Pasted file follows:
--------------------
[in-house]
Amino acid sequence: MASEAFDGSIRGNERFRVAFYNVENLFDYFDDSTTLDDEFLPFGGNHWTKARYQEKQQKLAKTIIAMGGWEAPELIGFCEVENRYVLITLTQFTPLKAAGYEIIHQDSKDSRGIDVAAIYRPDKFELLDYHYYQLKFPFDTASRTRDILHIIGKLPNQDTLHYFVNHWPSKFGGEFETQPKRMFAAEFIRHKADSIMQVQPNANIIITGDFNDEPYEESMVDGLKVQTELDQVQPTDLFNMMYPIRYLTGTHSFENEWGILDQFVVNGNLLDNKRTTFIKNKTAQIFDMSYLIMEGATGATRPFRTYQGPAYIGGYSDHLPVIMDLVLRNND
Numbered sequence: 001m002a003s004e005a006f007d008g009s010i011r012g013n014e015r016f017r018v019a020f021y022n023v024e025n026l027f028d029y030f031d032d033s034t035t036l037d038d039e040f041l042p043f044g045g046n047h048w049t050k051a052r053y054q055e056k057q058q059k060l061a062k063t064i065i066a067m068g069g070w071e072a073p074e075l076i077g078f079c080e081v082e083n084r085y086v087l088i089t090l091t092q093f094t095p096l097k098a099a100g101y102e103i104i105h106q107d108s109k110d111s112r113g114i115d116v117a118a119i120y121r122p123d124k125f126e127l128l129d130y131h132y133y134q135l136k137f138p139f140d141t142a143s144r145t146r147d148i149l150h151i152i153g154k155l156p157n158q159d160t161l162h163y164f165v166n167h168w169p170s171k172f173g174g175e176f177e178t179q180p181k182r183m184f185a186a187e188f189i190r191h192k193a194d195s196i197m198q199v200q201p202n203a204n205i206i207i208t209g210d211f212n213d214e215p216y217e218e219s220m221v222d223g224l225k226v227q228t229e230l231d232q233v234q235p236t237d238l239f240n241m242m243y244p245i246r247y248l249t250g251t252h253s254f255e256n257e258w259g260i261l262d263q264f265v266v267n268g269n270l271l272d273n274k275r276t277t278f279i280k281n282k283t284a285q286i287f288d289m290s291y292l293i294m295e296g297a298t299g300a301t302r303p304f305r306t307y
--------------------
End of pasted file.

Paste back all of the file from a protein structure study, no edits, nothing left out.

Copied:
[in-house]
Amino acid sequence: MASEAFDGSIRGNERFRVAFYNVENLFDYFDDSTTLDDEFLPFGGNHWTKARYQEKQQKLAKTIIAMGGWEAPELIGFCEVENRYVLITLTQFTPLKAAGYEIIHQDSKDSRGIDVAAIYRPDKFELLDYHYYQLKFPFDTASRTRDILHIIGKLPNQDTLHYFVNHWPSKFGGEFETQPKRMFAAEFIRHKADSIMQVQPNANIIITGDFNDEPYEESMVDGLKVQTELDQVQPTDLFNMMYPIRYLTGTHSFENEWGILDQFVVNGNLLDNKRTTFIKNKTAQIFDMSYLIMEGATGATRPFRTYQGPAYIGGYSDHLPVIMDLVLRNND
Numbered sequence: 001m002a003s004e005a006f007d008g009s010i011r012g013n014e015r016f017r018v019a020f021y022n023v024e025n026l027f028d029y030f031d032d033s034t035t036l037d038d039e040f041l042p043f044g045g046n047h048w049t050k051a052r053y054q055e056k057q058q059k060l061a062k063t064i065i066a067m068g069g070w071e072a073p074e075l076i077g078f079c080e081v082e083n084r085y086v087l088i089t090l091t092q093f094t095p096l097k098a099a100g101y102e103i104i105h106q107d108s109k110d111s112r113g114i115d116v117a118a119i120y121r122p123d124k125f126e127l128l129d130y131h132y133y134q135l136k137f138p139f140d141t142a143s144r145t146r147d148i149l150h151i152i153g154k155l156p157n158q159d160t161l162h163y164f165v166n167h168w169p170s171k172f173g174g175e176f177e178t179q180p181k182r183m184f185a186a187e188f189i190r191h192k193a194d195s196i197m198q199v200q201p202n203a204n205i206i207i208t209g210d211f212n213d214e215p216y217e218e219s220m221v222d223g224l225k226v227q228t229e230l231d232q233v234q235p236t237d238l239f240n241m242m243y244p245i246r247y248l249t250g251t252h253s254f255e256n257e258w259g260i261l262d263q264f265v266v267n268g269n270l271l272d273n274k275r276t277t278f279i280k281n282k283t284a285q286i287f288d289m290s291y292l293i294m295e296g297a298t299g300a301t302r303p304f305r306t307y